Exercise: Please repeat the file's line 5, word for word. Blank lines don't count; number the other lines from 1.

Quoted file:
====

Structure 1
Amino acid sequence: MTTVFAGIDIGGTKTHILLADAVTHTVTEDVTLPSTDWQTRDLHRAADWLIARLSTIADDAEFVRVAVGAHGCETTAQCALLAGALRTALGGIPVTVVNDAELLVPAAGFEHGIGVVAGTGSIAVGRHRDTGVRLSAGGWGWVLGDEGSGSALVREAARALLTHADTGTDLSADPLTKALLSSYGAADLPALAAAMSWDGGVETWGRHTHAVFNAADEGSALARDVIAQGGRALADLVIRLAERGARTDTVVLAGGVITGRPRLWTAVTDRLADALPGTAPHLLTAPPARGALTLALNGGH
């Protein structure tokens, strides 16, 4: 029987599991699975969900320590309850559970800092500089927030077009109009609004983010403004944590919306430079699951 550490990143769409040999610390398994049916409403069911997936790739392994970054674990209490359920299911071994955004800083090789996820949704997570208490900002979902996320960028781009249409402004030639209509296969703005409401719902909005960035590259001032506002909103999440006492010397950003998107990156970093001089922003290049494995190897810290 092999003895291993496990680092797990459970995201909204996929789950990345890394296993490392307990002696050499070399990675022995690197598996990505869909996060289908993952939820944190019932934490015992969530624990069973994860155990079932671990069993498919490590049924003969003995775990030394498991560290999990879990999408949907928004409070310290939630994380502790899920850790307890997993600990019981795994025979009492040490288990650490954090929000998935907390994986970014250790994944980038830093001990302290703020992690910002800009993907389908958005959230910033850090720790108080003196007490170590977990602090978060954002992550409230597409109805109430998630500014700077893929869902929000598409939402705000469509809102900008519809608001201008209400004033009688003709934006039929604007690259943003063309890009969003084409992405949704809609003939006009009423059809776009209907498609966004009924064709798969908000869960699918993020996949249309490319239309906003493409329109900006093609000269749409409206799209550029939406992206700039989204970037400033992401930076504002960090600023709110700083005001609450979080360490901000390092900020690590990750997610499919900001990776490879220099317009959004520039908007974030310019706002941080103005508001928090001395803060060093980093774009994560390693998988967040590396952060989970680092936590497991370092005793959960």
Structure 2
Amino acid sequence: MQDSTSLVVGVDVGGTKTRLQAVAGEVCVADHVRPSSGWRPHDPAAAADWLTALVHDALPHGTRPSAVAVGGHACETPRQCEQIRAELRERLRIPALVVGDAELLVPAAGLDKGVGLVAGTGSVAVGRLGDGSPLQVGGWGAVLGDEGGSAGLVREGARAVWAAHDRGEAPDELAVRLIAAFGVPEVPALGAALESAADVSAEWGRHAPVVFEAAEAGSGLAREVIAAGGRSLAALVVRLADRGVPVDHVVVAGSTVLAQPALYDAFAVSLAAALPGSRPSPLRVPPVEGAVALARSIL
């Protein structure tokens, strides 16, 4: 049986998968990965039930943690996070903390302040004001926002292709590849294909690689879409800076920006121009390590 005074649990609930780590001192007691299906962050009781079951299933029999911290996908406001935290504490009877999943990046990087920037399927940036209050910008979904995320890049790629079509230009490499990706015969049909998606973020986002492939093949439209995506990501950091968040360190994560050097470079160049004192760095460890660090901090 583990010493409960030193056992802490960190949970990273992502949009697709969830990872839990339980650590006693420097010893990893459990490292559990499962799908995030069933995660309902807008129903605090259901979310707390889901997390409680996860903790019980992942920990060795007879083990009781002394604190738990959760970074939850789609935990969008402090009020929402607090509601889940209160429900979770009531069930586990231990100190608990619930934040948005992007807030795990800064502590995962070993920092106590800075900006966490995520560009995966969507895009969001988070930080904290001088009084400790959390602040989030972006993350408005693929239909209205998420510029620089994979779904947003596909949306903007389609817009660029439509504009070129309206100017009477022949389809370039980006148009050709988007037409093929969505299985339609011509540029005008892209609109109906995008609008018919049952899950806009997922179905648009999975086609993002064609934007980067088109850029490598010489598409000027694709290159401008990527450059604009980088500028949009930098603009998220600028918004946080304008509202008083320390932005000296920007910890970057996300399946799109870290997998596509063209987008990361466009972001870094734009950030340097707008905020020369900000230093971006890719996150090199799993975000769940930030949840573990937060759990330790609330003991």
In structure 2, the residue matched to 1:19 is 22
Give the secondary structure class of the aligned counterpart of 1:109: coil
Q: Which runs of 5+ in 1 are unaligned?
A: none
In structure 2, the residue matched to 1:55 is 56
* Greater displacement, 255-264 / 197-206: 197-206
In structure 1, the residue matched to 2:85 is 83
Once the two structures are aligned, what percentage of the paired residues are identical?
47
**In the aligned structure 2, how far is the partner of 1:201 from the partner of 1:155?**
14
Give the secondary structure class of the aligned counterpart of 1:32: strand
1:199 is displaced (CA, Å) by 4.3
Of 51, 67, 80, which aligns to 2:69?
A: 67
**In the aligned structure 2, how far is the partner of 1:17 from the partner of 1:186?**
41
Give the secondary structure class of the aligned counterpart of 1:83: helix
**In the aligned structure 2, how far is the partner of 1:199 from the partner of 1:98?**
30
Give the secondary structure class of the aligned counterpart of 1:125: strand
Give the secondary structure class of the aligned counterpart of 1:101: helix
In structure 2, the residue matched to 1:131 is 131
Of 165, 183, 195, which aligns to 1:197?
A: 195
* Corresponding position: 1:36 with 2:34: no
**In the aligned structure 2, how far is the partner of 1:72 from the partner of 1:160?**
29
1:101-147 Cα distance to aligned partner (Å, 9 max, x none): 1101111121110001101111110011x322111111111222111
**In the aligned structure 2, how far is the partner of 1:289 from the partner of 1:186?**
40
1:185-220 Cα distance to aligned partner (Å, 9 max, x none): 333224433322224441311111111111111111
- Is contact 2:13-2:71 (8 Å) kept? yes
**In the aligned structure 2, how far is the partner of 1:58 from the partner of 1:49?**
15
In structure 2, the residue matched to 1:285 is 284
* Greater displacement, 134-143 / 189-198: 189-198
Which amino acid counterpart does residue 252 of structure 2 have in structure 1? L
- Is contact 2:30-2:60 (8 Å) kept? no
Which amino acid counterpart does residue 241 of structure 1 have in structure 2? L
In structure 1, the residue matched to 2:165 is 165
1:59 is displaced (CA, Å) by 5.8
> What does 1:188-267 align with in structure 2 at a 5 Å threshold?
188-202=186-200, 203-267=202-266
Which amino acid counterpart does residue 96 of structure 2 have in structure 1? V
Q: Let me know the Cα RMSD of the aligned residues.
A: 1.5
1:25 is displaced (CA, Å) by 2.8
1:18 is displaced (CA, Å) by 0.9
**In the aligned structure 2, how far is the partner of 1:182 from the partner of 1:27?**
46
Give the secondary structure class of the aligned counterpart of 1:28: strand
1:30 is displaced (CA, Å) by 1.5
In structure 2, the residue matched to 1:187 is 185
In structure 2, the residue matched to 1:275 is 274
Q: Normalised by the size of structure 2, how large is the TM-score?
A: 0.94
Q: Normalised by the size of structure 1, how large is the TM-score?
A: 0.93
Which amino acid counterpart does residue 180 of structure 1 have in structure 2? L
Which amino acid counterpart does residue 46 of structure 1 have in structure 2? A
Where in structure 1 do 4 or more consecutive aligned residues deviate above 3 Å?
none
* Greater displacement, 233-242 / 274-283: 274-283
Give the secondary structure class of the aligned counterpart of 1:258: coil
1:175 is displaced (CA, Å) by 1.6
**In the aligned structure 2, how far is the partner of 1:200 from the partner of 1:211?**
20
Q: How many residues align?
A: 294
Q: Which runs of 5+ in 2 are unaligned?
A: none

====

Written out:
Amino acid sequence: MQDSTSLVVGVDVGGTKTRLQAVAGEVCVADHVRPSSGWRPHDPAAAADWLTALVHDALPHGTRPSAVAVGGHACETPRQCEQIRAELRERLRIPALVVGDAELLVPAAGLDKGVGLVAGTGSVAVGRLGDGSPLQVGGWGAVLGDEGGSAGLVREGARAVWAAHDRGEAPDELAVRLIAAFGVPEVPALGAALESAADVSAEWGRHAPVVFEAAEAGSGLAREVIAAGGRSLAALVVRLADRGVPVDHVVVAGSTVLAQPALYDAFAVSLAAALPGSRPSPLRVPPVEGAVALARSIL